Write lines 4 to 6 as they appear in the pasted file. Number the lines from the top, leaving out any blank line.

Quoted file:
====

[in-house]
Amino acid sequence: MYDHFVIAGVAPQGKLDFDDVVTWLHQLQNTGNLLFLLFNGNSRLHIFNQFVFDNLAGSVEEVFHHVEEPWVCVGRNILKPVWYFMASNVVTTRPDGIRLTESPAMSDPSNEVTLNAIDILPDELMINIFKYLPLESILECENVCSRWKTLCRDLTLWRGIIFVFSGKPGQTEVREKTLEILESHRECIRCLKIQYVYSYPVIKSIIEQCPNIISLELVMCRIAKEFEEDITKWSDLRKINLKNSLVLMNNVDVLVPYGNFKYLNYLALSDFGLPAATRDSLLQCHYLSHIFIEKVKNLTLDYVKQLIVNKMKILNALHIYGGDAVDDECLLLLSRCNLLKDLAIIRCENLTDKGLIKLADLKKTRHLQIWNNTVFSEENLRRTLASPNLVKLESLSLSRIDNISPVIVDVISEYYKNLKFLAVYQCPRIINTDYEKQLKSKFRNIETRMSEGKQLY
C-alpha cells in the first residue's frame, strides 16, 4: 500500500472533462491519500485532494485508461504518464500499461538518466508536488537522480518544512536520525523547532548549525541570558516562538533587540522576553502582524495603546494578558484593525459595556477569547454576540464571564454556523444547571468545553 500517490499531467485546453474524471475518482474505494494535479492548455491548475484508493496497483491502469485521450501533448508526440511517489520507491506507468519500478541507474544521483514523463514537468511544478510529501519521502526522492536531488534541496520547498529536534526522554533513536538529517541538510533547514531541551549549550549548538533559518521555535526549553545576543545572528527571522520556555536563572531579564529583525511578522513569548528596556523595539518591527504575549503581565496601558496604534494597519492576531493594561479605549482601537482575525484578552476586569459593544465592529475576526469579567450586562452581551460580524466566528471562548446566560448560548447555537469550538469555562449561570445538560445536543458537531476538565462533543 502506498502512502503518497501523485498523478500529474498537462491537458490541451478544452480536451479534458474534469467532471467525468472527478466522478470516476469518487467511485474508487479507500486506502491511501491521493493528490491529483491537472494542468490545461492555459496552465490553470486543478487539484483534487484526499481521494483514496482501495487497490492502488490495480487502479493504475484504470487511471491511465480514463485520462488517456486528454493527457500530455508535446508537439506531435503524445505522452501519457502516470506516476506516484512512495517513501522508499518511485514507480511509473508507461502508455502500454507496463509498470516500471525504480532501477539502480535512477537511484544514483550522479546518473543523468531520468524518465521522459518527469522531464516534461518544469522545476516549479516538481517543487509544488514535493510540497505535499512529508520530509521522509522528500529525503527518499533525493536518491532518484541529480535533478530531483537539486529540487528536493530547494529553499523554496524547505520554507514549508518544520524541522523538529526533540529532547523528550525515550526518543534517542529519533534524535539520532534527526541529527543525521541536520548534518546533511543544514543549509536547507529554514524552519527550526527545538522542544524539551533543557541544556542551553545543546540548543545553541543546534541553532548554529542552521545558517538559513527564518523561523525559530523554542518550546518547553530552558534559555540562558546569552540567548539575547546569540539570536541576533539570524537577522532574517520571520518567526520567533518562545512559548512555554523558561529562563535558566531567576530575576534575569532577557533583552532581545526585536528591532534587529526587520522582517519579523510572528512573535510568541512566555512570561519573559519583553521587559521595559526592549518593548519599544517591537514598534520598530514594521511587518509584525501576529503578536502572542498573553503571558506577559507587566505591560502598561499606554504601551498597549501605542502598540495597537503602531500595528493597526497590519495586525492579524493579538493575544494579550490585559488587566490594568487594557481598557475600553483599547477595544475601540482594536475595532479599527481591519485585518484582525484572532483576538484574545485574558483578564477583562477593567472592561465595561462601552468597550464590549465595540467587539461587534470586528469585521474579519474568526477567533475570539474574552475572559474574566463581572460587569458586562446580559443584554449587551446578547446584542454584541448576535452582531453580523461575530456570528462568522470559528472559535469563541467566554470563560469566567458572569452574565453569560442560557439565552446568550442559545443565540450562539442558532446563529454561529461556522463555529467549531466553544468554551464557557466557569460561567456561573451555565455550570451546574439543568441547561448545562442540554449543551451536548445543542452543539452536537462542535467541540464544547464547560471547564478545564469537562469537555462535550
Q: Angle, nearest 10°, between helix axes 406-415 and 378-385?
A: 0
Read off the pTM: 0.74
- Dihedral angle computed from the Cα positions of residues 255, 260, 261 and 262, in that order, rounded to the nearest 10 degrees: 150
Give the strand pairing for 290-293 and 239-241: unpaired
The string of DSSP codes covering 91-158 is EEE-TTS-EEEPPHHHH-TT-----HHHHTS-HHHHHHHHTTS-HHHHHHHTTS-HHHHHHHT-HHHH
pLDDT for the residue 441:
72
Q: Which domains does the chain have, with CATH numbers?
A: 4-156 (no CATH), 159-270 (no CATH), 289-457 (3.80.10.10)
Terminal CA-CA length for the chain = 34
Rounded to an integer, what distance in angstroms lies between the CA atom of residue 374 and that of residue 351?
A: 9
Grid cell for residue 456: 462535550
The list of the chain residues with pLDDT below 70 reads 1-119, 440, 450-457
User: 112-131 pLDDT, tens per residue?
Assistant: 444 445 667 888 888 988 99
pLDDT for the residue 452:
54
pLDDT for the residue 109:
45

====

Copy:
Q: Angle, nearest 10°, between helix axes 406-415 and 378-385?
A: 0
Read off the pTM: 0.74